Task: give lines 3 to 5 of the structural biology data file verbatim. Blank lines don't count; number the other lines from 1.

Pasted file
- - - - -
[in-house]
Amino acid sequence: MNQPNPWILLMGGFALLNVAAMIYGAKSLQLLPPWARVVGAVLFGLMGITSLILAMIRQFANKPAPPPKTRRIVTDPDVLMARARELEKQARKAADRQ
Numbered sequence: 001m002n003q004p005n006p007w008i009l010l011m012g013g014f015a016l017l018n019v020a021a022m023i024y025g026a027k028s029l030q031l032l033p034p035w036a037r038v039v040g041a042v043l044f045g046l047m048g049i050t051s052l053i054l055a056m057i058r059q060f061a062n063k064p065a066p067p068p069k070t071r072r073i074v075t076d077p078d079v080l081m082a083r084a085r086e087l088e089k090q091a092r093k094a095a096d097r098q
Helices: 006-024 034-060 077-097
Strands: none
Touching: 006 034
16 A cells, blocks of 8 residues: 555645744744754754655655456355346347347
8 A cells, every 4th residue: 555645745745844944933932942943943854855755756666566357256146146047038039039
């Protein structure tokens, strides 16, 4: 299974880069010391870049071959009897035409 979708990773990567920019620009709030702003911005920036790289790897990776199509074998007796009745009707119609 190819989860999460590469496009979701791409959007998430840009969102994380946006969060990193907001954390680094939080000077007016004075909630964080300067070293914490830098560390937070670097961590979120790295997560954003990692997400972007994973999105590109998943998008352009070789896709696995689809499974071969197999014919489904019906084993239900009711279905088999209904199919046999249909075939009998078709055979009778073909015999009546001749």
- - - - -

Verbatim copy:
Numbered sequence: 001m002n003q004p005n006p007w008i009l010l011m012g013g014f015a016l017l018n019v020a021a022m023i024y025g026a027k028s029l030q031l032l033p034p035w036a037r038v039v040g041a042v043l044f045g046l047m048g049i050t051s052l053i054l055a056m057i058r059q060f061a062n063k064p065a066p067p068p069k070t071r072r073i074v075t076d077p078d079v080l081m082a083r084a085r086e087l088e089k090q091a092r093k094a095a096d097r098q
Helices: 006-024 034-060 077-097
Strands: none